Menu UF Health Home Menu
 

Job Outlook in Gerontology

Published: August 5th, 2015

Category: articles

Job Outlook in Gerontology

Americans are living longer than ever before. Medical advancements, new treatment options and specialized care are helping to extend lives. Census data shows that by 2030, more than 20% of U.S. residents will be aged 65 and over, compared to 13% in 2010.

Looking back, nearly half of all Americans born in 1900 died before they were 50 years old. It is now estimated that by 2050, Americans aged 65 and older will number nearly 89 million, which is more than double the number of people over 65 in 2010. The number of Americans over age 85 was 5.5 million in 2010, and the U.S. Census Bureau projects that the number will be 19 million by 2050.

What does this mean? Gerontology is a useful, increasingly necessary field of study. Eldercare is the fastest growing sector within the healthcare industry, and it is poised to continue growing. There will be job opportunities for medical professionals and others working with older populations as the numbers increase—especially as baby boomers retire. These career opportunities come with the added benefit of making a difference in someone’s life.

Studying gerontology and aging and geriatric research is beneficial for many careers, including but not limited to:

  • Assisted living directors
  • Elder law attorneys
  • Eldercare specialists
  • Gerontologists
  • Directors of nursing
  • Nurses
  • Physical therapists
  • Social workers
  • Speech therapists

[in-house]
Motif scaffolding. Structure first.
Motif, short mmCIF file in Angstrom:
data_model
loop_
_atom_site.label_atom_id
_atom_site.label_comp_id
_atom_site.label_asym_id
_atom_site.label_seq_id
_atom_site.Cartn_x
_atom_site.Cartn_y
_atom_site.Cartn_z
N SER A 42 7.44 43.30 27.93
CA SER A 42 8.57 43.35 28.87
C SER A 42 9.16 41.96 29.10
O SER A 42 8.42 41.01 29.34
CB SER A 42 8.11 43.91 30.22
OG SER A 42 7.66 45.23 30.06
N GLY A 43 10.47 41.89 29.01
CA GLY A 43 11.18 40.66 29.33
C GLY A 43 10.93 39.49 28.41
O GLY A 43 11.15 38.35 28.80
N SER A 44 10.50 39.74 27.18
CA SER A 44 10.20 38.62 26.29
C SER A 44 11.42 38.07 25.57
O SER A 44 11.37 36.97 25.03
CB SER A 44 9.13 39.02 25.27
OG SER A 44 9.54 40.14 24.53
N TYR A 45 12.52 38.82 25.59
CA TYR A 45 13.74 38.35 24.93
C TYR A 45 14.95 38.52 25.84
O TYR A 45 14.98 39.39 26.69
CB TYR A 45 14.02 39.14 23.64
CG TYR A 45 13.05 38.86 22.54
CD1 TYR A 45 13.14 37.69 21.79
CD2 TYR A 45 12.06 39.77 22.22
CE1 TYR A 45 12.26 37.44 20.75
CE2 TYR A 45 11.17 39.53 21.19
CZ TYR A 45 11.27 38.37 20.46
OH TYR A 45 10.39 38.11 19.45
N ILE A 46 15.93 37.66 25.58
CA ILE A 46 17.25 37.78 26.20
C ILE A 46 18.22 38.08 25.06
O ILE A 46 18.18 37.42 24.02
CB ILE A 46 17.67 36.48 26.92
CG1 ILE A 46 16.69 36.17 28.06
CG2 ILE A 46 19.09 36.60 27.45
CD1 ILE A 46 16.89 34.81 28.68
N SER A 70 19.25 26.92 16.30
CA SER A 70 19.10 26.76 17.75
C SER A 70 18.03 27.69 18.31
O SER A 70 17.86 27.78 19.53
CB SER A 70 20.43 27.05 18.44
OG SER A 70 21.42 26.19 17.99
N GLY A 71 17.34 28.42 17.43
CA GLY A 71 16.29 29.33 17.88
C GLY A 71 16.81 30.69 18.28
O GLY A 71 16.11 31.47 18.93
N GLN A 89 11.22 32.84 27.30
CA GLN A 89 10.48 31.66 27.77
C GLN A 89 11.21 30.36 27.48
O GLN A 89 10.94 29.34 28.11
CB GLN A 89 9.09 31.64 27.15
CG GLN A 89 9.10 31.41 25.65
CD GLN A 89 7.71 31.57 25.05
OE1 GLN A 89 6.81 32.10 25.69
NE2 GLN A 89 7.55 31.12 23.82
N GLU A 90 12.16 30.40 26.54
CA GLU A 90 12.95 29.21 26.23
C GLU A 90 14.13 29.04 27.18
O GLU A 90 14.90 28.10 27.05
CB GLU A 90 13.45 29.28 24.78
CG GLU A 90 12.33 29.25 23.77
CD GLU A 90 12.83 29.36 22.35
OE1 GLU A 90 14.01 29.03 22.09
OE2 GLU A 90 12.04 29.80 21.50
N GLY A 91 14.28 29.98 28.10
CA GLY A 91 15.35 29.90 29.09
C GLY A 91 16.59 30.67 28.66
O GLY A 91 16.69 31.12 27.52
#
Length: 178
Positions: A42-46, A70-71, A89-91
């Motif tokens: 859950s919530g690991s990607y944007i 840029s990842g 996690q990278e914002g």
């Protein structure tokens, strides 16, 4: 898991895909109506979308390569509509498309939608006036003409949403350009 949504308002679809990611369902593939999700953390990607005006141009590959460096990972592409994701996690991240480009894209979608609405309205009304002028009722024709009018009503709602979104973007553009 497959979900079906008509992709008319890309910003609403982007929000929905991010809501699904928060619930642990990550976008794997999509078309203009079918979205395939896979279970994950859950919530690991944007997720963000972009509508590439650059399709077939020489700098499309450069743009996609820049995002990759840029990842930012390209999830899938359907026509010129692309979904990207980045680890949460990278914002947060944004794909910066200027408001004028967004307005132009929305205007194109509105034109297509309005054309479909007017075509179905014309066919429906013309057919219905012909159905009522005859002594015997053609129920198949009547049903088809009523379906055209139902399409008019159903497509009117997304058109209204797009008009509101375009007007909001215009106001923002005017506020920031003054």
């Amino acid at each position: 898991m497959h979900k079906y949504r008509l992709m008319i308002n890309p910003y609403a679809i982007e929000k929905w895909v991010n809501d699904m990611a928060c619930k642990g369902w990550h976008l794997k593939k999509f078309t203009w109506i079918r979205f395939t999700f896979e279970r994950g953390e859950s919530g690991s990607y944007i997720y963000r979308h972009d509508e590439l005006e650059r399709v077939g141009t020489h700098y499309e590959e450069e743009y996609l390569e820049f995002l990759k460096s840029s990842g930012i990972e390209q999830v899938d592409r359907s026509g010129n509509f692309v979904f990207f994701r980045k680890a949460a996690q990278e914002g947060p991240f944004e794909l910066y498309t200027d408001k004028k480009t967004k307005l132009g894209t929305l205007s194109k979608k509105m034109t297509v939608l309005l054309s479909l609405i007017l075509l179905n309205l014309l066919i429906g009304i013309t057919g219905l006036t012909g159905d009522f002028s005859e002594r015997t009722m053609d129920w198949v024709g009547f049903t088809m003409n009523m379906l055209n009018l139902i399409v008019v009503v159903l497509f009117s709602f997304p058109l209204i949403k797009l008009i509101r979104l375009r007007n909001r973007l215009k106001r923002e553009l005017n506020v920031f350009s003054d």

Other job opportunities working in gerontology, as compiled by the Association for Gerontology in Higher Education, include:

  • Working in senior centers, community agencies, or retirement communities
  • Counseling elderly people and their families
  • Advising older clients about estate planning, investments, and money management
  • Conducting research on diseases associated with aging such as Alzheimer’s disease
  • Consulting on issues unique to the elderly such as retirement planning

Anyone looking to change their career path may also be interested in studying aging and geriatric research. The Occupational Outlook Handbook from the Bureau of Labor and Statistics shows that 17 of the 30 fastest growing jobs in the United States are in healthcare-related fields. For higher paying job opportunities, a master’s degree is often needed.

The University of Florida’s Department of Aging and Geriatric Research offers an online master’s degree and graduate certificate in aging and geriatric research. These programs cover all aspects of gerontology by taking a comprehensive look at aging. Additionally, they are useful for a number of professions. Clinical experience is not required. The convenient online courses are tailored for people who work full time, and the master’s degree can be completed in as little as 2 years. The University of Florida can help students gain credentials and become more qualified in their careers, where they can make an impact working with the aging population.